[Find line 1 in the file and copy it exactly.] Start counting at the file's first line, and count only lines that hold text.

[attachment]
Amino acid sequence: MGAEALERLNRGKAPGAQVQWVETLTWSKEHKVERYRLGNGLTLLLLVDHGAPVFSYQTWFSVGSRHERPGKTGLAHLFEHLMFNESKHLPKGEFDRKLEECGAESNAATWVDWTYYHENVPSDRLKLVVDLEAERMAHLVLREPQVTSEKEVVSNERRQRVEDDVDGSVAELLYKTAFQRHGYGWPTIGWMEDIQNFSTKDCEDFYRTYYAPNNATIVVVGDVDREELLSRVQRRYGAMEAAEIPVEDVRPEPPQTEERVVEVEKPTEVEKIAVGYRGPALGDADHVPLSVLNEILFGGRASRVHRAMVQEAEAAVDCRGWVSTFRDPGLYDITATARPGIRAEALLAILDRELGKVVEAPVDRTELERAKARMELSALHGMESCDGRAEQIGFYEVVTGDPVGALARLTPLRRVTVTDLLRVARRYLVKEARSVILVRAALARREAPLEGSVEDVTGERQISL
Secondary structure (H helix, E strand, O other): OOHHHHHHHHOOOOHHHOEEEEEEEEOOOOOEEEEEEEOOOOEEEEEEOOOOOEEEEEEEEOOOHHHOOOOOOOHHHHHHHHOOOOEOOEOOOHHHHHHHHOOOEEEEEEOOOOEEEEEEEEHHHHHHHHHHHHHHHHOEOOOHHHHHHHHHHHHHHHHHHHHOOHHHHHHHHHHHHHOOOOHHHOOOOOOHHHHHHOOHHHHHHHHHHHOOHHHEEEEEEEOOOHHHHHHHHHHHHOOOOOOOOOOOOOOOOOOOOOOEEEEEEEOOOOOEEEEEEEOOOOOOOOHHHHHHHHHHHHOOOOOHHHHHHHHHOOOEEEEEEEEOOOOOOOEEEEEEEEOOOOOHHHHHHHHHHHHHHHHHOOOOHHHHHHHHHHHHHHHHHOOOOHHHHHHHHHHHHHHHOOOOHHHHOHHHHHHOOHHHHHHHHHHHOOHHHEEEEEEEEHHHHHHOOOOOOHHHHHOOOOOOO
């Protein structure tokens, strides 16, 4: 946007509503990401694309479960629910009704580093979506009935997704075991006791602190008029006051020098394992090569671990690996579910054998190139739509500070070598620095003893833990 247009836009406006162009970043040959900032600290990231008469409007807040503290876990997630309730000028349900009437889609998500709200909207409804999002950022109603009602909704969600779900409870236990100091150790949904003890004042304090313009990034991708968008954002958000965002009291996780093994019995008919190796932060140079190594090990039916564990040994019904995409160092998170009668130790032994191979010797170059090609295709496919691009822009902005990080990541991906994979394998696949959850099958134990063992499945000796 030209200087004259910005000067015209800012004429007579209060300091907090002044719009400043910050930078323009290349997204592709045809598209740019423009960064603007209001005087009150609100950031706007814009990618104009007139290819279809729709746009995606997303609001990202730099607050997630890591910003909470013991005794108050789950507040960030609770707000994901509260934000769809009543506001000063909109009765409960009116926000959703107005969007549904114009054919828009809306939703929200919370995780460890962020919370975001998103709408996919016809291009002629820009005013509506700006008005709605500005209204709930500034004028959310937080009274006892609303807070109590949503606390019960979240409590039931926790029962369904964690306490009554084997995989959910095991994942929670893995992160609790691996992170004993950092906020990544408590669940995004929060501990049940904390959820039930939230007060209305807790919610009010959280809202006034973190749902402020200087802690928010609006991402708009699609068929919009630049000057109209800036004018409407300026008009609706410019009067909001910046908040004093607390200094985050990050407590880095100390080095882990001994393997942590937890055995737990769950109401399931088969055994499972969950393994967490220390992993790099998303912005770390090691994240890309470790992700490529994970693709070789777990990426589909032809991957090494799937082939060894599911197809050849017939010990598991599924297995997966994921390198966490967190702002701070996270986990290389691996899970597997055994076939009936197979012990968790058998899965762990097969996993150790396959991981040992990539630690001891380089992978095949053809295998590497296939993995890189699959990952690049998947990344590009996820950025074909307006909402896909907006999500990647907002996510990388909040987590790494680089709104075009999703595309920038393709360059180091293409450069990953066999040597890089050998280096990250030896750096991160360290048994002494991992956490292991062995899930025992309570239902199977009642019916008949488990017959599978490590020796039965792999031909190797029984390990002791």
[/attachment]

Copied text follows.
Amino acid sequence: MGAEALERLNRGKAPGAQVQWVETLTWSKEHKVERYRLGNGLTLLLLVDHGAPVFSYQTWFSVGSRHERPGKTGLAHLFEHLMFNESKHLPKGEFDRKLEECGAESNAATWVDWTYYHENVPSDRLKLVVDLEAERMAHLVLREPQVTSEKEVVSNERRQRVEDDVDGSVAELLYKTAFQRHGYGWPTIGWMEDIQNFSTKDCEDFYRTYYAPNNATIVVVGDVDREELLSRVQRRYGAMEAAEIPVEDVRPEPPQTEERVVEVEKPTEVEKIAVGYRGPALGDADHVPLSVLNEILFGGRASRVHRAMVQEAEAAVDCRGWVSTFRDPGLYDITATARPGIRAEALLAILDRELGKVVEAPVDRTELERAKARMELSALHGMESCDGRAEQIGFYEVVTGDPVGALARLTPLRRVTVTDLLRVARRYLVKEARSVILVRAALARREAPLEGSVEDVTGERQISL